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THE END (artificial fragments of humankind)


This review was not written by an Artificial Intelligence

Where to begin with THE END (artificial fragments of humankind)? Is it possible to make heads or tails of this rabbit hole film at the end or at the beginning? Apparently, it’s the work of three entities: Aurélien Héraud, Olivier Héraud, and A. I GPT4ALL. The film begins (or ends?) with a title announcing, “This film was made by Artificial intelligence.” That statement is followed by an artificial-sounding female voice stating that she made the film on her own. From the outset, it’s obvious that we are dealing with something different here. Then, we are treated to a sunset (It’s not the last time we will see that one), which will shift to being screened on a TV.

Suddenly, we see a row of men sounding off La Marseillaise. This part made me think of the obscure Hungarian film Vattatyúk (1990). That film was stuck in my mind somewhere, but nothing managed to conjure its memory until now, 33 years after I watched it. That might seem like minutiae, but it says something about the impact of the Héraud brothers’ film. We will get to that later. The first sequence involving a dialogue is telling of what kind of film we are watching. Esther tells a story to a friend in a bar involving a weird man to whom she is trying to sell a hammer. Eventually, he will say that he prefers a ukulele.

Esther and two hammers in The End.

The Endless imagination of the Héraud brothers

After a while, the friend asks what else “the Mexican” did. Esther, irritatingly, says that she never said that the guy was Mexican and scolds the friend for not listening to her. The interesting point here is that Esther’s story is being visualised for the spectator, and judging by the look of the guy, Mexican is not a surprising statement. Thus, it’s not merely the case that Esther’s nameless friend is not listening to her, but it seems that she is watching the same film as the audience. Does it sound complicated? It will be much more convoluted than that. Is Esther, in fact, controlled by a rabbit? And did she actually run over said rabbit with her car?

It would be facile to apply terms like dream logic to the film, but in many ways, the film has nightmarish implications, not least since it’s a nightmare to try to describe accurately. It’s not that I feel sorry for myself as a critic. Any attempt to publicise or sell this endlessly fascinating work is bound to be almost impossible. No description of this film can do it justice, and it is bound to simplify the experience. New narratives (or what appears to be the genesis of a narrative) are constantly introduced. Characters appear that may become the protagonist but probably will not. I happily gave up on the idea of looking for a main character early on.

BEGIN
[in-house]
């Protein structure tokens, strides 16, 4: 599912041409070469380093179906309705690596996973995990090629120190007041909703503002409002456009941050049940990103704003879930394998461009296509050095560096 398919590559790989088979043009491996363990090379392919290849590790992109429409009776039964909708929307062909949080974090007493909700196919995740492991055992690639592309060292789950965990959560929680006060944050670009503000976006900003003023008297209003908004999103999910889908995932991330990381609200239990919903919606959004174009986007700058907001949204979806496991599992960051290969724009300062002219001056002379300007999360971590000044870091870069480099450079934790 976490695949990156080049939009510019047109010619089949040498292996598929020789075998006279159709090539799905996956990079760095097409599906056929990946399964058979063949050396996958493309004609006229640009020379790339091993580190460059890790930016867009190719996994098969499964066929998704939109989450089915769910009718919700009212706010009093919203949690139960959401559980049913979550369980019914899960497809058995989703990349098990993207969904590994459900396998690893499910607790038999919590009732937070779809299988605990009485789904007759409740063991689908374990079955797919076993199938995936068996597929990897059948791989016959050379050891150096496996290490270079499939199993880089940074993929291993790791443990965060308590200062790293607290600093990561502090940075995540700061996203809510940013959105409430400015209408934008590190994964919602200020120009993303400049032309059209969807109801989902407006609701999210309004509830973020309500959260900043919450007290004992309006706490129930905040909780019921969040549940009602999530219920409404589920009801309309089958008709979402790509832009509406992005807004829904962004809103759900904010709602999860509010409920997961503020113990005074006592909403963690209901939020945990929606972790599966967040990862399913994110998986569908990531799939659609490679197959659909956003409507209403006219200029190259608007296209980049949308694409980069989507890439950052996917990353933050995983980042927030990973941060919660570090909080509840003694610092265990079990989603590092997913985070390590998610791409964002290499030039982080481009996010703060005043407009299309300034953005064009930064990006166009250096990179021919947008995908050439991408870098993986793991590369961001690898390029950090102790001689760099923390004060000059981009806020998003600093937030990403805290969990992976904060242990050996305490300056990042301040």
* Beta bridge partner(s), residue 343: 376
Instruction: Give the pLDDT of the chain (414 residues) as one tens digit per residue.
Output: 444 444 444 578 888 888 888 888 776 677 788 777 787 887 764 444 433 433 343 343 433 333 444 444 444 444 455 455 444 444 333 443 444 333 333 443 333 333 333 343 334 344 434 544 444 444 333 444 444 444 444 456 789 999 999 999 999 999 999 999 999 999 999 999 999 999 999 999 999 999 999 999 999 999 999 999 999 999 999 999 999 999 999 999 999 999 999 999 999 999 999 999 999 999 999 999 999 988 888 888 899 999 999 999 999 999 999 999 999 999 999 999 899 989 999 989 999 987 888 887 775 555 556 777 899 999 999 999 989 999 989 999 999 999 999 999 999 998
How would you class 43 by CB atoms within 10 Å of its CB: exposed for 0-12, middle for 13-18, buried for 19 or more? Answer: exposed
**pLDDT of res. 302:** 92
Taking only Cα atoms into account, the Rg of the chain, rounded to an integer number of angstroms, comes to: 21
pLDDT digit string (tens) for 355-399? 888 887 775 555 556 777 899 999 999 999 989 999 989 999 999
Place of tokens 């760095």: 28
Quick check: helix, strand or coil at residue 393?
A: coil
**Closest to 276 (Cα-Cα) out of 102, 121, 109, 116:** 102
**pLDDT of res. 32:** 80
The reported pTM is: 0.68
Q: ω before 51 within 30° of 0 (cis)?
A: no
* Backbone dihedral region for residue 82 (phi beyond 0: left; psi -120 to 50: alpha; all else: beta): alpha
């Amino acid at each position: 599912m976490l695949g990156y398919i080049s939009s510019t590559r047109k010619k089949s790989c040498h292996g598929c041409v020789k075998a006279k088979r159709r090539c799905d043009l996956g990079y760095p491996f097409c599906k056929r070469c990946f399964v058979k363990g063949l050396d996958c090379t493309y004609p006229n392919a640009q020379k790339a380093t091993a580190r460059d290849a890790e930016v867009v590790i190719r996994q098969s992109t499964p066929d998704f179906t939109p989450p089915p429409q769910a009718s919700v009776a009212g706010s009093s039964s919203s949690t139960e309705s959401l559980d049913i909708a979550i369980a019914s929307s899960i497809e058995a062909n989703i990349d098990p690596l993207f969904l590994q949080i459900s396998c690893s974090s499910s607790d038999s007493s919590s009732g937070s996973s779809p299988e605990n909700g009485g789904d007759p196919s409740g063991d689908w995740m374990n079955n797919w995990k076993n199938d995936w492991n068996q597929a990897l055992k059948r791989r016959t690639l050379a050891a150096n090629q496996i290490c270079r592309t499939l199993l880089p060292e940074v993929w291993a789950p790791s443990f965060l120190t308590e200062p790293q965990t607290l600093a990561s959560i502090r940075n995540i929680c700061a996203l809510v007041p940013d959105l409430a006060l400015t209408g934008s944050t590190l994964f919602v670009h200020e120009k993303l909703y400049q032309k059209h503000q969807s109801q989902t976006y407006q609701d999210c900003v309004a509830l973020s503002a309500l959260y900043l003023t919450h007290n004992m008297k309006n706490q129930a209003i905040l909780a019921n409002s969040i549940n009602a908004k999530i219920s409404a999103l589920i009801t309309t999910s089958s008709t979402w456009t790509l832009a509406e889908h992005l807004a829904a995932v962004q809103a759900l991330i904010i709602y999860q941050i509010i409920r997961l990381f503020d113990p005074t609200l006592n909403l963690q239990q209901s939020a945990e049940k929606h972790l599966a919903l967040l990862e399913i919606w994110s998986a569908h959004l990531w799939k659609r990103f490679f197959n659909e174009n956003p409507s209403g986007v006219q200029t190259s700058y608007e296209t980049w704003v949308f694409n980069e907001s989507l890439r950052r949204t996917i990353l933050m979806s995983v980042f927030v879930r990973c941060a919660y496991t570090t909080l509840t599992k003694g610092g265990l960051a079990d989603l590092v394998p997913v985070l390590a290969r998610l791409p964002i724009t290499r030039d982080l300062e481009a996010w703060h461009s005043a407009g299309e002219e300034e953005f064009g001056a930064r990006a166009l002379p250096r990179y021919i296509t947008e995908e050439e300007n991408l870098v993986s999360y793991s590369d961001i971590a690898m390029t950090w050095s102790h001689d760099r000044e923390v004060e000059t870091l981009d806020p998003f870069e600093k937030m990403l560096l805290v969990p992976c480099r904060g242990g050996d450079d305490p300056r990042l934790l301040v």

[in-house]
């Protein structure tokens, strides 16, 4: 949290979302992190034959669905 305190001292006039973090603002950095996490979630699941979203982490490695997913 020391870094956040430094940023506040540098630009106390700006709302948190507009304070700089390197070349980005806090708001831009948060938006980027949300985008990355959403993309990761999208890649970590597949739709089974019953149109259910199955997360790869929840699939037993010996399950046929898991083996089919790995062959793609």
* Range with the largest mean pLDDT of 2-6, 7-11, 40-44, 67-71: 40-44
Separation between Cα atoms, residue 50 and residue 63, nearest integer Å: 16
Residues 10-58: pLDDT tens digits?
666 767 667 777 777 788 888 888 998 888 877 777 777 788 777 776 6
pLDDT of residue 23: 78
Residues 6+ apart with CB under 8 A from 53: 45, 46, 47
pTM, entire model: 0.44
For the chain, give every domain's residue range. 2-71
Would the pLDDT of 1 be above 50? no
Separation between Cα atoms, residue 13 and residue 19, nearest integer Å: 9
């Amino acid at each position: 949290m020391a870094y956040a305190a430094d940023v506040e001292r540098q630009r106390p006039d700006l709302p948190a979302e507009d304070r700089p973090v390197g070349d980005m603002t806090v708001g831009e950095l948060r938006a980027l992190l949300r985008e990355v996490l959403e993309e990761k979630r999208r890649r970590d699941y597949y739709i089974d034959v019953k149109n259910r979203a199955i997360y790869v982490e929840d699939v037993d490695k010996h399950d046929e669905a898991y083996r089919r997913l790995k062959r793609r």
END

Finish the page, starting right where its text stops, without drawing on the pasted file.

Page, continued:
THE END still provides a multitude of references that occasionally act as red herrings. My guess is that many spectators (I hope this film will reach many spectators) will try to draw comparisons with David Lynch, but that is far from the answer to unlocking this film. Does it even need to be unlocked in the conventional sense where a cinematic experience is boxed into a verbal one? For marketing purposes, it sure does, and it is to Black Nights Festival credit that they screened this work, which had its world premiere at the L’Étrange Festival in Paris in September. There are meta layers galore in this work, but they never feel redundant or just thrown in.

THE END Rabbit
The main protagonist of THE END? Or the victim of the beginning?

When I interviewed the directors, they told me that they envisioned a mille-feuille structurally. The final film may not have a thousand layers (neither does the layer cake in question), but it is generously multifaceted and offers more food for thought than the sweet dessert. The experience of watching the film was akin to a whirlwind going through your mind, opening up layers you had forgotten for too long, not limited to Hungarian films. It is a reminder of what cinema is capable of and echoes the thoughts expressed by Mark Jenkin when I talked to him in Cannes about cinematic form.

There are several aspects of THE END that I haven’t touched upon, like the guru-like figure that people stand in line outside to talk to and who charges 100 Euros and some Eurocents for the trouble. That also goes for Lazaridis, who tells his therapist about his fantasies about killing women and the possible connection that could have to a break-in. I feel like I have hardly put the spoon in this delicious mille-feuille. There is an overarching theme of the lack of communication between people. A complaint to a neighbour may, in fact, be the only contact that an individual has with another person.

The main reason for not digging too deeply into those things is that THE END is a work that should be experienced, not read about. Still, thanks for reading. I wrote the whole piece myself without being controlled by a rabbit. What else can I say when he is in the same room as me? I’m including a trailer which may or may not give you some hint about the riches of this extraordinary film. This is a rabbit hole that you are not eager to get out of.

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